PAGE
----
“Festive Plants of the Past” with Matt Mattus…
Matt will discuss heirloom and old fashioned holiday plants & displays

Berry Bowl by Matt Mattus

from hellebores, to winter chrysanthemums in conservatories, to long lost arts like berry bowls,

Sustainable Woodland Berry Bowl

the first forcing bulbs, the history of the winter mandarin orange and its significance to Christmas time, to why white anemones and camellias were once more popular then poinsettia.


If you lived in New England in, let’s say, 1800, you most likely could not afford houseplants, unless you had a wealthy friend with a conservatory on an estate. Rare hothouse plants were bound to fail in a wood-heated, chilly New England cottage or farmhouse. A craft thus developed that lasted well into the mid-20th century, that of making berry bowls with “found” woodland plants, many of which had bright red berries or colorful green-and-white leaves, which, along with tiny woodland ferns and many types of mosses, made a terrarium that could live throughout the winter indoors and lift people’s spirits during a long, cold winter.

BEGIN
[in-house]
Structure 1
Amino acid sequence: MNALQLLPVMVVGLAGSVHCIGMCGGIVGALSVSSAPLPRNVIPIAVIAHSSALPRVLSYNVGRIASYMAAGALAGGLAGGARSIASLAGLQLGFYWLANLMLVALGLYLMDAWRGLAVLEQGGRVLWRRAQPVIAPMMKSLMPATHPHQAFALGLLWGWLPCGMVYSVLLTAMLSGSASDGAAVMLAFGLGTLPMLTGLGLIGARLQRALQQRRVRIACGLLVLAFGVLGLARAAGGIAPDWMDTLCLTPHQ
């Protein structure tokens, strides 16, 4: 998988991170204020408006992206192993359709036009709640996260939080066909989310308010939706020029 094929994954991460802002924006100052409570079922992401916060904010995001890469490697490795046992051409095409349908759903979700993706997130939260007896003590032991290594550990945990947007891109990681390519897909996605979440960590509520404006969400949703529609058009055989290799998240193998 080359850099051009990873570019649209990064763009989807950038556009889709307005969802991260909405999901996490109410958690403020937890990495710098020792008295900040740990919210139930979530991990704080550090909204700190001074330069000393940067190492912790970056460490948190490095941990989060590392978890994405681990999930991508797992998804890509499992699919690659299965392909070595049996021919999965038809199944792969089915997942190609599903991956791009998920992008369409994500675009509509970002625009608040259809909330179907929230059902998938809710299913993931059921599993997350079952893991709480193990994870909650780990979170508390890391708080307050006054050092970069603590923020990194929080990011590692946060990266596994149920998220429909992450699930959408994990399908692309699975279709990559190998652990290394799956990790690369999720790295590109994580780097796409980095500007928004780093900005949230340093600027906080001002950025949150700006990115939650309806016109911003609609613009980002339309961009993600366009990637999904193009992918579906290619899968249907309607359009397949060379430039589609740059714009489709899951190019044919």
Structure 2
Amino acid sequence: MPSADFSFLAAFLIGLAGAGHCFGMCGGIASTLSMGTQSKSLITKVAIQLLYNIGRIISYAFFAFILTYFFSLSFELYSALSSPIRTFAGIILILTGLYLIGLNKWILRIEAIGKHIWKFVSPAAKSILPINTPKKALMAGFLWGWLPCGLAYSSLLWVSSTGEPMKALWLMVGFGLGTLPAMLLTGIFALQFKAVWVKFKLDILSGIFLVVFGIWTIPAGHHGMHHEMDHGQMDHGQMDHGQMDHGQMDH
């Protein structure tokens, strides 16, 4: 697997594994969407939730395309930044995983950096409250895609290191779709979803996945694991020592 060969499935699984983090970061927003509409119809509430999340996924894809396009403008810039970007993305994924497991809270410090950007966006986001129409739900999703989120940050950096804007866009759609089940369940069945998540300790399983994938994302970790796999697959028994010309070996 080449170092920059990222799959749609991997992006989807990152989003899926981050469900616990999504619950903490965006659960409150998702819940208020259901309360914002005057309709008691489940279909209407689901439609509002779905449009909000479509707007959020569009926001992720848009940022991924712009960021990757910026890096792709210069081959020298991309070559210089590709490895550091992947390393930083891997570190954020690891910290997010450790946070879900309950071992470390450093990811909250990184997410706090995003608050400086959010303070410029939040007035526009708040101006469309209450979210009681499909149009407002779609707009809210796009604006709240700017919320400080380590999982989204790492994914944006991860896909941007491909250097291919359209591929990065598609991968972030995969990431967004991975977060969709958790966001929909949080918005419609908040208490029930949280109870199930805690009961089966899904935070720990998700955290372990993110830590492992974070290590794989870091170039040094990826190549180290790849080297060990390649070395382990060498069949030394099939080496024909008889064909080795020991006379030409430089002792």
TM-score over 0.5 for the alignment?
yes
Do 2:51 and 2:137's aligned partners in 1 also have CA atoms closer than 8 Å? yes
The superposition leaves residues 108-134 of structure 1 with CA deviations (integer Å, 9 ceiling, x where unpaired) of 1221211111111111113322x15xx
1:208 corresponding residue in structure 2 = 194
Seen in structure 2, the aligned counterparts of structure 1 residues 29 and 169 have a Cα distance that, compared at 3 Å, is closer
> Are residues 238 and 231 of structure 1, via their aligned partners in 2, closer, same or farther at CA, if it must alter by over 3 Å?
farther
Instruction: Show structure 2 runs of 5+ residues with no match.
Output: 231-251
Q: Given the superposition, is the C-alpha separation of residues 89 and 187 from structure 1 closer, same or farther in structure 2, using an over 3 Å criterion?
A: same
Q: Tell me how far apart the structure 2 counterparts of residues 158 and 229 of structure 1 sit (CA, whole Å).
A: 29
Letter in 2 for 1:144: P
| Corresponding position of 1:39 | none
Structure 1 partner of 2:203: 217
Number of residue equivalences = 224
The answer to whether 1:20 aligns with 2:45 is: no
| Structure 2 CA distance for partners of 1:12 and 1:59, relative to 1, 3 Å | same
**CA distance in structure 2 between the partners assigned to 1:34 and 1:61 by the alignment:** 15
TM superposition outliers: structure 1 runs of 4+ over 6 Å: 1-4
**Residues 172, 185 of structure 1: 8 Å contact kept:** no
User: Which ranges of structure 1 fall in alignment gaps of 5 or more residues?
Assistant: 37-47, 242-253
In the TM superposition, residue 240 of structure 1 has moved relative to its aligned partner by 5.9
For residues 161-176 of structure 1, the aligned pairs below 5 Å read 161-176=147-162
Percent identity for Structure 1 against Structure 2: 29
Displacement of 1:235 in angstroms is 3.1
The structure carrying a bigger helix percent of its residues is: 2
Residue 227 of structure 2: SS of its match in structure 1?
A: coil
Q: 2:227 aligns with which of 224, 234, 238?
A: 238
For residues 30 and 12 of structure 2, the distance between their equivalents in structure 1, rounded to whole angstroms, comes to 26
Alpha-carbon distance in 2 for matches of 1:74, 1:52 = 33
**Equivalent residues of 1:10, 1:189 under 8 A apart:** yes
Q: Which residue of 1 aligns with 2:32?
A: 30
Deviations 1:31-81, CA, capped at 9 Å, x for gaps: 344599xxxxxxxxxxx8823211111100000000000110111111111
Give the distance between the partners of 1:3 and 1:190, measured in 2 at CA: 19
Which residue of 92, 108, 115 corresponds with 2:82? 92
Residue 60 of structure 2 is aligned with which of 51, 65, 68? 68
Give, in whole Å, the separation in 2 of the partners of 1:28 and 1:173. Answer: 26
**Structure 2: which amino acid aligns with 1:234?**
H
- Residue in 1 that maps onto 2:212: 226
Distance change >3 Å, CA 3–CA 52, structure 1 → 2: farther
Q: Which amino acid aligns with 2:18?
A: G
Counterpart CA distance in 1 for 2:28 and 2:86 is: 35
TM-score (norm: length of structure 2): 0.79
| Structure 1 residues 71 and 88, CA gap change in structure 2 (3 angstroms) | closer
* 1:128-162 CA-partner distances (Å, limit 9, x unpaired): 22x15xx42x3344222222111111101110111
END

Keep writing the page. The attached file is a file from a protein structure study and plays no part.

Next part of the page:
Lachenalia, the Cape Hyacinth

Lachenalia — Cape Hyacinth — “Romaud”

Veltheimia bracteata, the Forest Lily

Veltheimia bracteata — Forest Lily — “Rose Alba”



Tecophilaea cyanocrocus, The Blue Chilean Crocus

Tecophilaea cyanocrocus — Blue Chilean Crocus


Matt Mattus is the Worcester based horticultural expert behind the blog Growing with Plants, www.growingwithplants.com, where he describes the joys and trials of his greenhouse, vegetable garden, extensive sweet pea bed, annuals, perennials, and the many projects he tries his hand at. A lifelong interest in horticulture has led him to be involved in numerous horticultural societies. He has been featured in Martha Stewart Living, House and Garden and Better Homes and Garden.  Matt lives and gardens on a two acre plot in Worcester, Massachusetts that has been in his family for over 100 years. An avid plantsman, Matt’s curiosity seems tireless. A frequent speaker at botanic gardens, and plant societies, Matt happens to also be a designer for a large corporation – so visual design is paramount which is apparent to anyone who has checked out his blog growingwithplants.com. Join him as he shares his knowledge and expertise on many aspects of horticulture from raising hard-to-grow vegetables, to unusual annuals, perennials and bulbs.

HPS asks for a $10 donation towards speaker costs from guests.